Neurofilament light chain predicts disease activity in relapsing-remitting MS
Peer reviewed, Journal article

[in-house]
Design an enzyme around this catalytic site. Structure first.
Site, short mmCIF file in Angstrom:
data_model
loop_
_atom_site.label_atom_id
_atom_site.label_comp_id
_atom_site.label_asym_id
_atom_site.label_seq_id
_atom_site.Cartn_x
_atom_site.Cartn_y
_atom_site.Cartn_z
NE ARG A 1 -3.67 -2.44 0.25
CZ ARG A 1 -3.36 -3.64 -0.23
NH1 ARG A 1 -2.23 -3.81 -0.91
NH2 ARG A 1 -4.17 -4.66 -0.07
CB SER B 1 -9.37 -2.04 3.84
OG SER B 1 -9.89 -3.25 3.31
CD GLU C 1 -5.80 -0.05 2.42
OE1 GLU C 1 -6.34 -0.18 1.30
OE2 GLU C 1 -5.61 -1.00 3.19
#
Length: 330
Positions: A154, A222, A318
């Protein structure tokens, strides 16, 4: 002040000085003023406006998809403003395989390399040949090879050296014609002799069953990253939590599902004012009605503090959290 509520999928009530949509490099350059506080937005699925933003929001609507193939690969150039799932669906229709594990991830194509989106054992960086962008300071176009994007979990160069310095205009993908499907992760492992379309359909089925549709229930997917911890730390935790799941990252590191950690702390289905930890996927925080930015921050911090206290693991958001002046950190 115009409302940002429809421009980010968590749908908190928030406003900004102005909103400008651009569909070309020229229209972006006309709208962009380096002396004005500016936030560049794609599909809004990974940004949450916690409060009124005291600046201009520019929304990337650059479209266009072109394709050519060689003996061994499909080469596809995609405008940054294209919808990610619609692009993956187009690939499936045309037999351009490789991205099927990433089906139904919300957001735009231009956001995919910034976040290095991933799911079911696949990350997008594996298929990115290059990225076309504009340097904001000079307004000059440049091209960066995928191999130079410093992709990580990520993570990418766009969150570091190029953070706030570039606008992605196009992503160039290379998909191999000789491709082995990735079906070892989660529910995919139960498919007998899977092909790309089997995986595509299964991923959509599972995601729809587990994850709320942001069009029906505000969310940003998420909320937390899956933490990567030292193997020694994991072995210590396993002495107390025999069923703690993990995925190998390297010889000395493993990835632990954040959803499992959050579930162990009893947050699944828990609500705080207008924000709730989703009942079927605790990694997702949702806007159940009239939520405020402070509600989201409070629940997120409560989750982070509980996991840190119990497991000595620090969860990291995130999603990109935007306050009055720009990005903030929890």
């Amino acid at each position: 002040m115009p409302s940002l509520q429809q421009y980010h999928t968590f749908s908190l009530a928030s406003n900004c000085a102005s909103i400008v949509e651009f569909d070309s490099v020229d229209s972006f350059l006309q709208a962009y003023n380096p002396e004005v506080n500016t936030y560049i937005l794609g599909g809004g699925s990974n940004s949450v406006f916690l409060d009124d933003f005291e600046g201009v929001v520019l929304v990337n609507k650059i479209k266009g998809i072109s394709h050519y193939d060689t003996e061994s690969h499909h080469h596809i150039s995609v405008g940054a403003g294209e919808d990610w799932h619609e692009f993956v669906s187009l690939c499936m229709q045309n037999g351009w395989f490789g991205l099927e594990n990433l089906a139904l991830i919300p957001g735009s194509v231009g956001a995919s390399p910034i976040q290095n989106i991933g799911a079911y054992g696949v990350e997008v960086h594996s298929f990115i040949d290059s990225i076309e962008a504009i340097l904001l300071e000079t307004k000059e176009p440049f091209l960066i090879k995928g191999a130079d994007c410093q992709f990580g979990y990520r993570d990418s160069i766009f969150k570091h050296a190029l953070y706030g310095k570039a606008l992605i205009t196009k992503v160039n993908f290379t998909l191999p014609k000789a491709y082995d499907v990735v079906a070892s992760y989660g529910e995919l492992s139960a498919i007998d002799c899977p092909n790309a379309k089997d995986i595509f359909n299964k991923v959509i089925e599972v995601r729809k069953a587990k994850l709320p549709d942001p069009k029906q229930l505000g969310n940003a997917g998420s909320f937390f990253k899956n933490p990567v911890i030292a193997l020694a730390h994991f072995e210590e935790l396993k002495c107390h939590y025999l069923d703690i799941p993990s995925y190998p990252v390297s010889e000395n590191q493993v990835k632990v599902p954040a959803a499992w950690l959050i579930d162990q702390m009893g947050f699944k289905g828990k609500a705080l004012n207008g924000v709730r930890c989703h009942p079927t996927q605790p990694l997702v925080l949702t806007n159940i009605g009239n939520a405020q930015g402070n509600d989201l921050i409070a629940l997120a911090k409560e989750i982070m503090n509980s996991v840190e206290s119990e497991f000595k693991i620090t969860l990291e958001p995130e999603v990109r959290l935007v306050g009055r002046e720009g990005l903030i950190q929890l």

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Objective: To investigate whether serum neurofilament light chain (NF-L) and chitinase 3-like 1 (CHI3L1) predict disease activity in relapsing-remitting MS (RRMS). Methods: A cohort of 85 patients with RRMS were followed for 2 years (6 months without disease-modifying treatment and 18 months with interferon-beta 1a [IFNB-1a]). Expanded Disability Status Scale was scored at baseline and every 6 months thereafter. MRI was performed at baseline and monthly for 9 months and then at months 12 and 24. Serum samples were collected at baseline and months 3, 6, 12, and 24. We analyzed the serum levels of NF-L using a single-molecule array assay and CHI3L1 by ELISA and estimated the association with clinical and MRI disease activity using mixed-effects models. Results: NF-L levels were significantly higher in patients with new T1 gadolinium-enhancing lesions (37.3 pg/mL, interquartile range [IQR] 25.9–52.4) and new T2 lesions (37.3 pg/mL, IQR 25.1–48.5) compared with those without (28.0 pg/mL, IQR 21.9–36.4, β = 1.258, p < 0.001 and 27.7 pg/mL, IQR 21.8–35.1, β = 1.251, p < 0.001, respectively). NF-L levels were associated with the presence of T1 gadolinium-enhanced lesions up to 2 months before (p < 0.001) and 1 month after (p = 0.009) the time of biomarker measurement. NF-L levels fell after initiation of IFNB-1a treatment (p < 0.001). Changes in CHI3L1 were not associated with clinical or MRI disease activity or interferon-beta 1a treatment. Conclusion: Serum NF-L could be a promising biomarker for subclinical MRI activity and treatment response in RRMS. In clinically stable patients, serum NF-L may offer an alternative to MRI monitoring for subclinical disease activity.